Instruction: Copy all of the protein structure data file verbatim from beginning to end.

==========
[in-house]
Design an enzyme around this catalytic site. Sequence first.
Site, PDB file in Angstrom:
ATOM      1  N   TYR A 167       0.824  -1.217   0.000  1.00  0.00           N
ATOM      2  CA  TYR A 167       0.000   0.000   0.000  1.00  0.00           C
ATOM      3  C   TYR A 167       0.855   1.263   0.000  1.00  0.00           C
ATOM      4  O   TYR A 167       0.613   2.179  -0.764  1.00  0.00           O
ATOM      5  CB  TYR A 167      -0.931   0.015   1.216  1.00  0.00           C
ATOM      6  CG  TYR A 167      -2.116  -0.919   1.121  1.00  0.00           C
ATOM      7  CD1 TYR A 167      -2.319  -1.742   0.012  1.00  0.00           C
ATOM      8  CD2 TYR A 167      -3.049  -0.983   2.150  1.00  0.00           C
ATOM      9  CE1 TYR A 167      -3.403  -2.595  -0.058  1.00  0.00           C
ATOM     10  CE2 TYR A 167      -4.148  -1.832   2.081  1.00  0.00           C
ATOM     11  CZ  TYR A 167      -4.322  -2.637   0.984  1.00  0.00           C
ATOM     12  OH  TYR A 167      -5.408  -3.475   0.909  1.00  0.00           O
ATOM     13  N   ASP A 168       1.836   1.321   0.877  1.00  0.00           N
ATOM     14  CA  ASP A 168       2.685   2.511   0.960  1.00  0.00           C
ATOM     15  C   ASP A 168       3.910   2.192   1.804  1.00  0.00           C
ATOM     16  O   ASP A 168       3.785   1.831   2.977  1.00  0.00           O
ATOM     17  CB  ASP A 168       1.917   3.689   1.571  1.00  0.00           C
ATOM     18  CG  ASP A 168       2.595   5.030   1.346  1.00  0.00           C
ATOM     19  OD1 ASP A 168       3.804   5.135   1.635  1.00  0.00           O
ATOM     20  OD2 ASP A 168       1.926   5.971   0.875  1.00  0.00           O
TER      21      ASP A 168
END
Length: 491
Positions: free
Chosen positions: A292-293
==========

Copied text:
[in-house]
Design an enzyme around this catalytic site. Sequence first.
Site, PDB file in Angstrom:
ATOM      1  N   TYR A 167       0.824  -1.217   0.000  1.00  0.00           N
ATOM      2  CA  TYR A 167       0.000   0.000   0.000  1.00  0.00           C
ATOM      3  C   TYR A 167       0.855   1.263   0.000  1.00  0.00           C
ATOM      4  O   TYR A 167       0.613   2.179  -0.764  1.00  0.00           O
ATOM      5  CB  TYR A 167      -0.931   0.015   1.216  1.00  0.00           C
ATOM      6  CG  TYR A 167      -2.116  -0.919   1.121  1.00  0.00           C
ATOM      7  CD1 TYR A 167      -2.319  -1.742   0.012  1.00  0.00           C
ATOM      8  CD2 TYR A 167      -3.049  -0.983   2.150  1.00  0.00           C
ATOM      9  CE1 TYR A 167      -3.403  -2.595  -0.058  1.00  0.00           C
ATOM     10  CE2 TYR A 167      -4.148  -1.832   2.081  1.00  0.00           C
ATOM     11  CZ  TYR A 167      -4.322  -2.637   0.984  1.00  0.00           C
ATOM     12  OH  TYR A 167      -5.408  -3.475   0.909  1.00  0.00           O
ATOM     13  N   ASP A 168       1.836   1.321   0.877  1.00  0.00           N
ATOM     14  CA  ASP A 168       2.685   2.511   0.960  1.00  0.00           C
ATOM     15  C   ASP A 168       3.910   2.192   1.804  1.00  0.00           C
ATOM     16  O   ASP A 168       3.785   1.831   2.977  1.00  0.00           O
ATOM     17  CB  ASP A 168       1.917   3.689   1.571  1.00  0.00           C
ATOM     18  CG  ASP A 168       2.595   5.030   1.346  1.00  0.00           C
ATOM     19  OD1 ASP A 168       3.804   5.135   1.635  1.00  0.00           O
ATOM     20  OD2 ASP A 168       1.926   5.971   0.875  1.00  0.00           O
TER      21      ASP A 168
END
Length: 491
Positions: free
Chosen positions: A292-293